Good progress has been made in the development of a subject department folder. While the folder is based on the template devised by the School Development Planning Initiative (SDPI), it has been further adapted to meet the specific needs of the home economics department and the school. This is very good practice. A range of additional resources and teaching aids has been collected and developed to support the teaching and learning of Home Economics. It was noted positively that a list of available resources is documented in the department folder.
The home economics department makes a commendable contribution to the extra-curricular and co-curricular programme that operates in the School. This work results in many vibrant cross-curricular projects with subjects such as Physical Education, Music, Art, Social Education and the modern languages. In addition, studentsí learning is extended beyond the classroom through a range of planned activities such as, field trips to facilitate the completion of coursework assignments and tasks and participation in competitions. The home economics department also plays an integral role in school events. These laudable activities broaden studentsí knowledge and skills in Home Economics, foster a sense of personal and community responsibility and ultimately enhance studentsí enjoyment of the subject. The willingness, generosity and commitment of the home economics staff through their engagement with these activities are acknowledged.
Subject planning demonstrates a commendable commitment to maximise the inclusion of all students in home economics lessons. Planning effectively takes account of the needs of international students in a manner that accommodates studentsí religious beliefs and cultural traditions. Students who have special education needs are provided for through the adaptation of teaching strategies, specifically designed worksheets and differentiated learning outcomes. It is laudable that the school provides the resources during the mock examinations that reflect the reasonable accommodation that candidates may expect in the certificate examinations. This good practice is very beneficial in helping students prepare for the State examinations.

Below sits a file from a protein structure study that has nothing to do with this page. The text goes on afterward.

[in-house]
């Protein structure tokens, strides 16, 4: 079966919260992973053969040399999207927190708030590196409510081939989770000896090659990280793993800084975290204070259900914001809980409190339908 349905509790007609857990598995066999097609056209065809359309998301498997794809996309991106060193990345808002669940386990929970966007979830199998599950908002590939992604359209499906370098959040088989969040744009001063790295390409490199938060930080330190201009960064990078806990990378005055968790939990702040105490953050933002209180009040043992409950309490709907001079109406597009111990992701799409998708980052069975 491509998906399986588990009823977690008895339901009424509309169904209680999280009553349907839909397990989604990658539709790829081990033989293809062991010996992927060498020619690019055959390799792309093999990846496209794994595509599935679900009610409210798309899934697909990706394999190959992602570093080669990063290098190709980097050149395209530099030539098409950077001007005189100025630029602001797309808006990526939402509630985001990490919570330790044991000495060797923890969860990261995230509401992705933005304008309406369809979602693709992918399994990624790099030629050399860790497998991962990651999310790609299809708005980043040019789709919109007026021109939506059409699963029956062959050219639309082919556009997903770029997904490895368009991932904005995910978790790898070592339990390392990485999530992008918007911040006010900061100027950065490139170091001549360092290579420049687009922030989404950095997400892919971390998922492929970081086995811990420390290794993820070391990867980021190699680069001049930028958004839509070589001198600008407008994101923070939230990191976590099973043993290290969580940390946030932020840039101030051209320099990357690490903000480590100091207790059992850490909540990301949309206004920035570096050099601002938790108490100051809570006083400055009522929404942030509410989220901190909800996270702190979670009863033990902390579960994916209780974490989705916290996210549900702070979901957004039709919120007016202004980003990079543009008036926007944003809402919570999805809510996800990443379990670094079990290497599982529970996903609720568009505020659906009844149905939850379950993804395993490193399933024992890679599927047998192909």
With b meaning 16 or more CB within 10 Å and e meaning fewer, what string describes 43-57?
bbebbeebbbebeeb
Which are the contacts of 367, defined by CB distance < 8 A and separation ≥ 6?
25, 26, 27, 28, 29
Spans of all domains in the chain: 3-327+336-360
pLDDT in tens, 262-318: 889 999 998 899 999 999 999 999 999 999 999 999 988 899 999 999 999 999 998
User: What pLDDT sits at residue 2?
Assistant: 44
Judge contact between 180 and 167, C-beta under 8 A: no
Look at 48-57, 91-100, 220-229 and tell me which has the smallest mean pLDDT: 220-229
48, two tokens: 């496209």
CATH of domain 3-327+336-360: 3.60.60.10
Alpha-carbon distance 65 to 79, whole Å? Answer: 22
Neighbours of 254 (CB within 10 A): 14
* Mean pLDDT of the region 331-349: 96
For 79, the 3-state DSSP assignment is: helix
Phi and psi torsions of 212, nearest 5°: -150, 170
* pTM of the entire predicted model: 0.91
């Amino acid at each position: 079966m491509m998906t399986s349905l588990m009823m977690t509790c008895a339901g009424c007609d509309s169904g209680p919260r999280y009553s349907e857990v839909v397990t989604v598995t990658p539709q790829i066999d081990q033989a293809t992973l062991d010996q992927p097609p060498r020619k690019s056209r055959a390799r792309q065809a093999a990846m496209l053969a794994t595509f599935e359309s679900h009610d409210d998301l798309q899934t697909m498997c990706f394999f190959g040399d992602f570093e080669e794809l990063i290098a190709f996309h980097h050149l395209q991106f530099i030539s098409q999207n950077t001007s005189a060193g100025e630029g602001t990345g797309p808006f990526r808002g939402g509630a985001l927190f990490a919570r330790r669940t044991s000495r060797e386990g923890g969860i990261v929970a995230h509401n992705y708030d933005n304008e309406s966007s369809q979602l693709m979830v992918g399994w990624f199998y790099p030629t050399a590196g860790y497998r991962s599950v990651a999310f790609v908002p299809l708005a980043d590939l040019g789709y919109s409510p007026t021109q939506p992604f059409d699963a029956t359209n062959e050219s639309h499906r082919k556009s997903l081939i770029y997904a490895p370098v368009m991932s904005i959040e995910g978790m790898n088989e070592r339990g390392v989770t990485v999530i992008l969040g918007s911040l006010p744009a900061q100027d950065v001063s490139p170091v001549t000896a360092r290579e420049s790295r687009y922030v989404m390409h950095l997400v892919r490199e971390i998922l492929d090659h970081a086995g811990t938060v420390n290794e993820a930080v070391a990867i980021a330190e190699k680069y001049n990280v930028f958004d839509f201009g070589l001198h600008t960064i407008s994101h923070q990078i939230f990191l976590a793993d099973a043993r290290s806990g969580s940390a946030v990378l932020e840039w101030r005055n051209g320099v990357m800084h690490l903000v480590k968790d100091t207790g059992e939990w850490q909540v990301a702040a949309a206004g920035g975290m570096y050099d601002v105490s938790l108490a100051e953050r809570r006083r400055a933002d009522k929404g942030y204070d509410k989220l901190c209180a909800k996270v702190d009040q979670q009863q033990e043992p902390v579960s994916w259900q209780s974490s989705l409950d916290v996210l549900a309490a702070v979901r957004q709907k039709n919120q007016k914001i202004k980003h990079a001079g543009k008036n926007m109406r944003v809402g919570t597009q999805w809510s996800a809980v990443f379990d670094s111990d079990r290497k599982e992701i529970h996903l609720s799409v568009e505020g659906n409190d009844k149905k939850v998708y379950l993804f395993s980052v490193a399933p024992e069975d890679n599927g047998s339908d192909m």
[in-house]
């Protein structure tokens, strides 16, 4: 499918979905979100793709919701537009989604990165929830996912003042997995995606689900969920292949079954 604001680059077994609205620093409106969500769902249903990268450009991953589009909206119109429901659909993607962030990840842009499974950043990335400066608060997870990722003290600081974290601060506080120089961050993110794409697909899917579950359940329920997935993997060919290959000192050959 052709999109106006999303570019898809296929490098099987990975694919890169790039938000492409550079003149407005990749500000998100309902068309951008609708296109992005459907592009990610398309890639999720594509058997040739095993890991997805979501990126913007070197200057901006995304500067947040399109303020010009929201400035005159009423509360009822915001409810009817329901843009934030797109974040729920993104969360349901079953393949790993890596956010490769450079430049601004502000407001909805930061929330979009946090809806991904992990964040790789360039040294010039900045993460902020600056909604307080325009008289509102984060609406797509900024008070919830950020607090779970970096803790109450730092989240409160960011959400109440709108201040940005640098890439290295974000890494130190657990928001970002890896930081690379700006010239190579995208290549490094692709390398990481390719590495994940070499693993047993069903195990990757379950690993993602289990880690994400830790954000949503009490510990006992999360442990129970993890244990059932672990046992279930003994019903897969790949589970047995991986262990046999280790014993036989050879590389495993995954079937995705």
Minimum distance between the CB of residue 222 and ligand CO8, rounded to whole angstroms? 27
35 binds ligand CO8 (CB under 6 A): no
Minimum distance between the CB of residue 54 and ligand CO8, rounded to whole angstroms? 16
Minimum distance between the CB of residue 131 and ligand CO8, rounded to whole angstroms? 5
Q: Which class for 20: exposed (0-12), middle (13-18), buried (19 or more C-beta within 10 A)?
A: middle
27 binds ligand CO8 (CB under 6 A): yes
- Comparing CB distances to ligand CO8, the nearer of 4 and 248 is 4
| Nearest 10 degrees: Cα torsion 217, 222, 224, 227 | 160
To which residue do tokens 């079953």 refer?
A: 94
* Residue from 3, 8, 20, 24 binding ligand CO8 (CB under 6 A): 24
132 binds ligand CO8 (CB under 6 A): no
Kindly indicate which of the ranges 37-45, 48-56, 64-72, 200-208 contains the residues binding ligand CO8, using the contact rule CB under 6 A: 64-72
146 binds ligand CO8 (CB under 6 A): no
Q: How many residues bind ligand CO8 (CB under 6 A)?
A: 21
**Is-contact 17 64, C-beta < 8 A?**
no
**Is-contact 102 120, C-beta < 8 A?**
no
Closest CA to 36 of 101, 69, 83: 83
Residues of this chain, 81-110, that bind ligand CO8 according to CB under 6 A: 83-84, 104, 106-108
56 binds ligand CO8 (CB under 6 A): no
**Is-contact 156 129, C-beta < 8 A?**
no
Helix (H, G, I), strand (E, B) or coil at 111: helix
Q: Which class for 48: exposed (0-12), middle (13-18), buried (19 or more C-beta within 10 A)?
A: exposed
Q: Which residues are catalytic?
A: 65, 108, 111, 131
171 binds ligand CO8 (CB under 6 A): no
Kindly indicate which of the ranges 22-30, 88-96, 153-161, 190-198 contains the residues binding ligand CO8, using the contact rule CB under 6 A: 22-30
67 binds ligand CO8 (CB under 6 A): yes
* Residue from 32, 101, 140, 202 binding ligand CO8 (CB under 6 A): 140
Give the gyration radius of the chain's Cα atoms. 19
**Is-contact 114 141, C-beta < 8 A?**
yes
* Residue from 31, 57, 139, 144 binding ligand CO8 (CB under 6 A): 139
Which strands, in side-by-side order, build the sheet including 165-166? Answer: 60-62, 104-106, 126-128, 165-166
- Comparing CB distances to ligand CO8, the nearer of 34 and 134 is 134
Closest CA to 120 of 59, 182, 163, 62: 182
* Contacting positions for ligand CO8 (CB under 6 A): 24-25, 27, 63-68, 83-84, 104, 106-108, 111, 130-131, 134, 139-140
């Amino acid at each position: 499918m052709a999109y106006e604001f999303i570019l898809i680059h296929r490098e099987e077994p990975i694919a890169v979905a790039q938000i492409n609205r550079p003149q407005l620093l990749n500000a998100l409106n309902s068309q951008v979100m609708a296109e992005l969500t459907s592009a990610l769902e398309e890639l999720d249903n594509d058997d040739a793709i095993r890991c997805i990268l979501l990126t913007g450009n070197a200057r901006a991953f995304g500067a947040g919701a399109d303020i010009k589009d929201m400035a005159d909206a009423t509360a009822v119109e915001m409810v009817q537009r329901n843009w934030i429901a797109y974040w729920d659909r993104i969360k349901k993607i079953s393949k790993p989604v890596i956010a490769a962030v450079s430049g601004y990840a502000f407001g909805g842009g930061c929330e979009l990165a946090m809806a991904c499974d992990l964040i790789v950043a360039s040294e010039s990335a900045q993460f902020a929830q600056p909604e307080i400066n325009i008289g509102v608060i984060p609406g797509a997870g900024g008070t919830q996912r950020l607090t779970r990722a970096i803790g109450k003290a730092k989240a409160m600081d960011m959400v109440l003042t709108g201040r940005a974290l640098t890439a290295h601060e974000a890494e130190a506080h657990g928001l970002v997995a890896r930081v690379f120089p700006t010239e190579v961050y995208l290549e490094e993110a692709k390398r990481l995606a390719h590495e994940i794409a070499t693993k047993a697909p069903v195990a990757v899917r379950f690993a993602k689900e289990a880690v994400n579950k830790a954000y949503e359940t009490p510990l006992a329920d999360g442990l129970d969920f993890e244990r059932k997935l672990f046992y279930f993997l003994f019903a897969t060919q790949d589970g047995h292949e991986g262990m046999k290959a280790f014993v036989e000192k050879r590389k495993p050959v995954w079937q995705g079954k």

The planned programmes of work that have been developed for each year group display many features of good practice. Each long-term plan is complemented by detailed weekly plans. In some instances the sequence of lesson content is presented as learning outcomes with some very good integration of theoretical knowledge and practical processes. In addition, time for revision and assessment is included. In planning for Leaving Certificate Home Economics it was noted positively that the sequence of work in fifth year is primarily based on the practical coursework assignments, as recommended in the revised syllabus. As a next stage in the continued development of curricular plans, it is recommended that on a phased basis that all plans should be reviewed and modified where necessary to include an outline of expected knowledge and understanding expressed as learning outcomes. This should be completed in a manner that reflects the integrated approach recommended in the home economics syllabuses and should include suitable teaching strategies and homework activities. Curricular planning by its nature is always work in progress. To facilitate regular review it is recommended that the agenda for the end of year planning meeting should include a formal review of each plan. Particular attention should be given to the effectiveness of the range of teaching strategies deployed and learning outcomes achieved for each unit of work.